Emma Gazley performed her first poetry as a teen, but she was on mic singing as a child and wrote her first songs before she could spell her own last name. Featured in online magazines like “Voca Femina” since 2007, she debuted as a visual artist in 2015 with the art show “Abide”, has appeared in various film projects, and completed her first mural collaboration in 2021. Currently based in LA, she has recently published her first book, “For Those Who Cannot Live or Die” with GoldScriptCo, as well as releasing the poetry and performance film project “GOOD//EVIL”. You can normally find her meticulously examining the ingredients on every package in the health food section, writing and reading, at an art museum, or working out with her tattoo artist husband.
GOOD//EVIL PART THREE: DEPRESSION
Everyone defined the opposites but only their toes
dipped into the fog, a void laughing whole-heartedly,
dawning-- what it couldn’t afford to lose
was my gaze. Dig a hole and get married in it.
Dig a hole and give it to your parents.
Dig a hole, conceive, dig a hole for buried children.
Sell your thoughts for anything but legal tender.
Sell your hopes for anything but the glorious mystery.
Dig a bed for the thoughts, a hole for the hopes.
It’s so close to something called ‘peace’ you haven’t remembered.
The ground is so hard to dig.
Pass the need on, genetically and in regards to nurture.
Communicate the needs, the opposites.
Every cell of you is hungry and has dulled its own ache.
Dig a hole for the stomach, for the aches,
for the muscles, the nerves.
It’s too shallow to bury, but dig anyway.
Dig until the rocks and stones and dirt curse.
To the Loved Ones of the Dead and Dying
You forget the familiarity if it,
the loose grip, the snow globe it keeps you in.
Sometimes you feel you have escaped,
but then a name is spoken,
a picture found,
a favorite dessert ordered...
You laugh loudly sometimes, holding your side
to keep everything from spilling open
you feel it is almost over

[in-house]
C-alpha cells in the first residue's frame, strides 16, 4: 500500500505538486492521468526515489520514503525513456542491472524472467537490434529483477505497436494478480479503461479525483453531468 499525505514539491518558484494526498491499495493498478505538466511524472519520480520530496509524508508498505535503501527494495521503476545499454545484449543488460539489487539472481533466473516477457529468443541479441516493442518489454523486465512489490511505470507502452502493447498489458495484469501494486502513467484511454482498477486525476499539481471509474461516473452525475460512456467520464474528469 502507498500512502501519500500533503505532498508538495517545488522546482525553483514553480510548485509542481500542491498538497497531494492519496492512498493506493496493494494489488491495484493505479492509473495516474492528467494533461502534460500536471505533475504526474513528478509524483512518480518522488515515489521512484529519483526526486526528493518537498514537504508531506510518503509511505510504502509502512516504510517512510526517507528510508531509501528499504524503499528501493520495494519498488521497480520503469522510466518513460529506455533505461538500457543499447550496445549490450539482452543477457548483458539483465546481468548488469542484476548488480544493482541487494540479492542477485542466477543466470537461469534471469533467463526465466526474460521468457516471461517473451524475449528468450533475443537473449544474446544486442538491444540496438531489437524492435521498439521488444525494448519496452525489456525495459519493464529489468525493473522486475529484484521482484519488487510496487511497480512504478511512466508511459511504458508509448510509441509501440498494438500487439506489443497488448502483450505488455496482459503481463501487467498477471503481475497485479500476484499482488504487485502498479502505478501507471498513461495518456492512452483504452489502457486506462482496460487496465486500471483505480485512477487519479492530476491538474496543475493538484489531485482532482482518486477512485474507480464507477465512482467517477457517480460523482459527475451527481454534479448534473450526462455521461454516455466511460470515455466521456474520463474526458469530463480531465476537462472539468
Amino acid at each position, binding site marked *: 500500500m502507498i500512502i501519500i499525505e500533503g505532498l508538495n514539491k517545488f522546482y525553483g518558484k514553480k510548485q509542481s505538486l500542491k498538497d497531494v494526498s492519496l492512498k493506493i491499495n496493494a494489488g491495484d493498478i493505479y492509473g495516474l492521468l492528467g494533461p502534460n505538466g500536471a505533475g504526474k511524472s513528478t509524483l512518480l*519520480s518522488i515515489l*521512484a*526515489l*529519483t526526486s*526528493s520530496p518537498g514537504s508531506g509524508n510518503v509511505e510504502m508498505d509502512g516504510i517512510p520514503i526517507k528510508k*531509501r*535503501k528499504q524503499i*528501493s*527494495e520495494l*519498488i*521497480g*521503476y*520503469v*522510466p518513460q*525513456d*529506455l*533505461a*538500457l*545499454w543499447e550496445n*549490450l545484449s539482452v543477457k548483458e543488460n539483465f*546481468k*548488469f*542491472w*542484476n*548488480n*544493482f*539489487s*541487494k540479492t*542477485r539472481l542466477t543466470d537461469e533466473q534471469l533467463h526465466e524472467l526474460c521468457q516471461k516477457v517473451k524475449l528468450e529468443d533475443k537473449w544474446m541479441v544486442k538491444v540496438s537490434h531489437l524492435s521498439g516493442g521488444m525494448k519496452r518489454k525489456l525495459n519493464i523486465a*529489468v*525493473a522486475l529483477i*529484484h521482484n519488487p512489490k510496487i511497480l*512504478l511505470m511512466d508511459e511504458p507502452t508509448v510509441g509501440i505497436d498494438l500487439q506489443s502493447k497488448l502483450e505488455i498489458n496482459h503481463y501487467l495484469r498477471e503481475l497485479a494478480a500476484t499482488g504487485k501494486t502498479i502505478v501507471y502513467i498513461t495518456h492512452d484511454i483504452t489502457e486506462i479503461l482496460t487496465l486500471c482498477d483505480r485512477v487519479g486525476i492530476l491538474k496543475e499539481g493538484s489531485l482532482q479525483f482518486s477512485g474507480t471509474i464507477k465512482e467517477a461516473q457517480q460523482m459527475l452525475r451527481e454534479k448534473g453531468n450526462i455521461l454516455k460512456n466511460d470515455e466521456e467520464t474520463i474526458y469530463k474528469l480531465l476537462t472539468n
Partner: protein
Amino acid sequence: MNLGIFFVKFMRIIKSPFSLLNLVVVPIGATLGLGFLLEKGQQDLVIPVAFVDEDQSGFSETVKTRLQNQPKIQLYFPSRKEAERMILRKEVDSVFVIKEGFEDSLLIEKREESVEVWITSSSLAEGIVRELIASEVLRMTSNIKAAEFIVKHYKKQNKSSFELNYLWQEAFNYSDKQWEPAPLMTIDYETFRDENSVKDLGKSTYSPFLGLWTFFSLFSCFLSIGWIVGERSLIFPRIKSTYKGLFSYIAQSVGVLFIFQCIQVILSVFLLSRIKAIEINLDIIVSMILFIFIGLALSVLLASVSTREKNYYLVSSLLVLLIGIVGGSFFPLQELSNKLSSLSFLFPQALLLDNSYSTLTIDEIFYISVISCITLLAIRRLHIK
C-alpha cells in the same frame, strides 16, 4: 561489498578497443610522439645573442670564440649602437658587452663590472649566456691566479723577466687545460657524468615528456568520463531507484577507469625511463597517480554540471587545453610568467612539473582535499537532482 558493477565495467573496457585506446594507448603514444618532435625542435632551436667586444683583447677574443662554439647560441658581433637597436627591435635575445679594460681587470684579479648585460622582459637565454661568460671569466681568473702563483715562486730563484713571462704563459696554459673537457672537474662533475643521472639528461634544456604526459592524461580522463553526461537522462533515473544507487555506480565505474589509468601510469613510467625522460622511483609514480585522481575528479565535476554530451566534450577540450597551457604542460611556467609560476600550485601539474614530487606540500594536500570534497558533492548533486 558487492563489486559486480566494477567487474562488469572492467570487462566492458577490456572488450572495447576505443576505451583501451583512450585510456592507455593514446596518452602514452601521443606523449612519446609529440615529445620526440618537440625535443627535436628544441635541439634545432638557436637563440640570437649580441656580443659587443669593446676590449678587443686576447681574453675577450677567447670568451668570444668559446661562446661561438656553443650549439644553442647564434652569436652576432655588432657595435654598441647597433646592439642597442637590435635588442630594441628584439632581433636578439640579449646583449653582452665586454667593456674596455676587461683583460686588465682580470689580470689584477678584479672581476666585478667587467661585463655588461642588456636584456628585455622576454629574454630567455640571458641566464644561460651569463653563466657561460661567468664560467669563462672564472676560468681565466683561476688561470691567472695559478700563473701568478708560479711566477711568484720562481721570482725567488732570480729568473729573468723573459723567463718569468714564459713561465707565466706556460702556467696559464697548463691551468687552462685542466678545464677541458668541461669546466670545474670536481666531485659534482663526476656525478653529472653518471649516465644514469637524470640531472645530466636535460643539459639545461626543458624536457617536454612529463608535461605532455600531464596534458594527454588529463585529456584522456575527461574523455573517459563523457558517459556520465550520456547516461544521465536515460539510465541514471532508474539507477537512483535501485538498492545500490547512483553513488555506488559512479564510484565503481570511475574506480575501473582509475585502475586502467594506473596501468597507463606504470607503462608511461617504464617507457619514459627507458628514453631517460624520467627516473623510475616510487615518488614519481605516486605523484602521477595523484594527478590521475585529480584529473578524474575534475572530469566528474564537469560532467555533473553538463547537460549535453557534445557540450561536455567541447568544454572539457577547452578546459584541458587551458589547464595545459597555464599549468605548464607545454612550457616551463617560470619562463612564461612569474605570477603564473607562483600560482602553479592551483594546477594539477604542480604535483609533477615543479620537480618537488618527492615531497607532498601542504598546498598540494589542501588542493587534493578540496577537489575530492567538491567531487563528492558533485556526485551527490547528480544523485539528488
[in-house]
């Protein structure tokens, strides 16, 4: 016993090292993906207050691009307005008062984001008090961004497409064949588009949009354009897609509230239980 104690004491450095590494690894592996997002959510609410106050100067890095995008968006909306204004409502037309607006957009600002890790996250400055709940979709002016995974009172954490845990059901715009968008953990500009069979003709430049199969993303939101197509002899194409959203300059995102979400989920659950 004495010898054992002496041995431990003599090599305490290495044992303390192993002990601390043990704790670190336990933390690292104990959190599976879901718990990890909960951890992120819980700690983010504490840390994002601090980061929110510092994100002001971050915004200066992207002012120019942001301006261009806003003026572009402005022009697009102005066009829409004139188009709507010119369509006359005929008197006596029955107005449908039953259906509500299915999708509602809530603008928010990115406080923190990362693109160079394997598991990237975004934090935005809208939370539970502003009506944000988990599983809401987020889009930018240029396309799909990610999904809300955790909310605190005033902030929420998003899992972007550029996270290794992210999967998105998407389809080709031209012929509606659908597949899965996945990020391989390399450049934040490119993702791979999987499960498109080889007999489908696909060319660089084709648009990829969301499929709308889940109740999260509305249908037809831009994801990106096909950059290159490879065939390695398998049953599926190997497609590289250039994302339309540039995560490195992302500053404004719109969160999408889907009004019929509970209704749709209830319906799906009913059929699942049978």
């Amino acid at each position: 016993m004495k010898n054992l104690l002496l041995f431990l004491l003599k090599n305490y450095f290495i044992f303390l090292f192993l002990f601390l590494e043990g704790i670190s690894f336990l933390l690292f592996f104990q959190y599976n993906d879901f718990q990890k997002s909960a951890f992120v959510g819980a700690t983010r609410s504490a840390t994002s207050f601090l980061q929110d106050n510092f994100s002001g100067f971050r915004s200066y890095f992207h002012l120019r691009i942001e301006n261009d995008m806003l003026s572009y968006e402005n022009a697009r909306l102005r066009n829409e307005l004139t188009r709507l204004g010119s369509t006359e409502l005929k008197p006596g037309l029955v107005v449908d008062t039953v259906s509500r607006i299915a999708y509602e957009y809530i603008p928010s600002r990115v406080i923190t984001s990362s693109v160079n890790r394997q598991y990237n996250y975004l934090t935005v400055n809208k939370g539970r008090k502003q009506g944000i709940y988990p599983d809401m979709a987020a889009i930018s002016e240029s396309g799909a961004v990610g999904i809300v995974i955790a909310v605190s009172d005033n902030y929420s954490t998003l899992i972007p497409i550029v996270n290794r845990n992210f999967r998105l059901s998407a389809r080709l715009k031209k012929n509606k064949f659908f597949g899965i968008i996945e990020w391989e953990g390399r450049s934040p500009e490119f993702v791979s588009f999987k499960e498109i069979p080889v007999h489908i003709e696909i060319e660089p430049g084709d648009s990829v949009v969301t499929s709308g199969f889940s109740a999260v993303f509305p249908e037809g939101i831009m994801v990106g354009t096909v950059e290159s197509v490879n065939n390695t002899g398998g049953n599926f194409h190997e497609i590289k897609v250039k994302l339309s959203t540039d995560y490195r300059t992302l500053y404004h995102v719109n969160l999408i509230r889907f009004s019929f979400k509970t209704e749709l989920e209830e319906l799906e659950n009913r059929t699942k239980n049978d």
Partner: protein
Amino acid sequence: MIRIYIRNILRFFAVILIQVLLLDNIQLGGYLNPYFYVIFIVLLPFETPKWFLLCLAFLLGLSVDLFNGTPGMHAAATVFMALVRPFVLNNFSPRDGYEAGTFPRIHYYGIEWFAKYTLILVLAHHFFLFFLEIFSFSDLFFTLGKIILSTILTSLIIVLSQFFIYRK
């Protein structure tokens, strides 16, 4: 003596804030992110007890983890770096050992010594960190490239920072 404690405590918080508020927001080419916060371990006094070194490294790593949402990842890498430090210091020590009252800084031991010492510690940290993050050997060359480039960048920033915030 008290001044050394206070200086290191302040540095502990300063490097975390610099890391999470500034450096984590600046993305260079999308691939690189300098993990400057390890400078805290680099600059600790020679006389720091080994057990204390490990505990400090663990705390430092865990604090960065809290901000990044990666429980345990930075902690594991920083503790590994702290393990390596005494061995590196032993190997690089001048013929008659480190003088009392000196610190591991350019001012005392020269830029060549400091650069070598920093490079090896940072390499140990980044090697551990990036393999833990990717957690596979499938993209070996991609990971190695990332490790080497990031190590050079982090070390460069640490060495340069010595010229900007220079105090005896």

you glimpse hope and your eyes make contact.
Or you begin to feel that
the roundness of it is fading
it is not so gaping anymore,
not so depleted,
for a time you are filled.
But grief is like being riddled
with twenty rounds in the stomach
you're a sieve
you filter everything through it
you only capture the things too big to ignore.
And it's so easy and cheap to buy band-aids these days
so you plug up the bleeding holes
(the gasping arteries)
with a bandage the length of your little finger
and pray to the God of fast food and eBay
that things will get better.
Then eventually it begins to sit down
at the end of the dinner table
make itself welcome.
It demands attention
like a selfish child, a disobedient dog
and you allow it,
because it is yours.
It has nowhere else to go.
Sometimes it is all that is left.
It hides in tiny corners or
odd spaces at times
and jumps out to eat you alive
and like a light going out you're consumed.
Sometimes there is no other way.
Eventually you may learn to carry it,
cumbersomely, and with one hand
tied behind your back.
You may even let it walk around
or hold it by the hand
as you cross streets
and the weight lessens
as it makes friends with time.
But still when you think it is gone
it will enter the room
staring at you crookedly
behind an oozing face and countless eyes
10 foot tall, monstrous
and you'll realize you can't kill it or
cover it up.
It will make a home with you
and come to stay.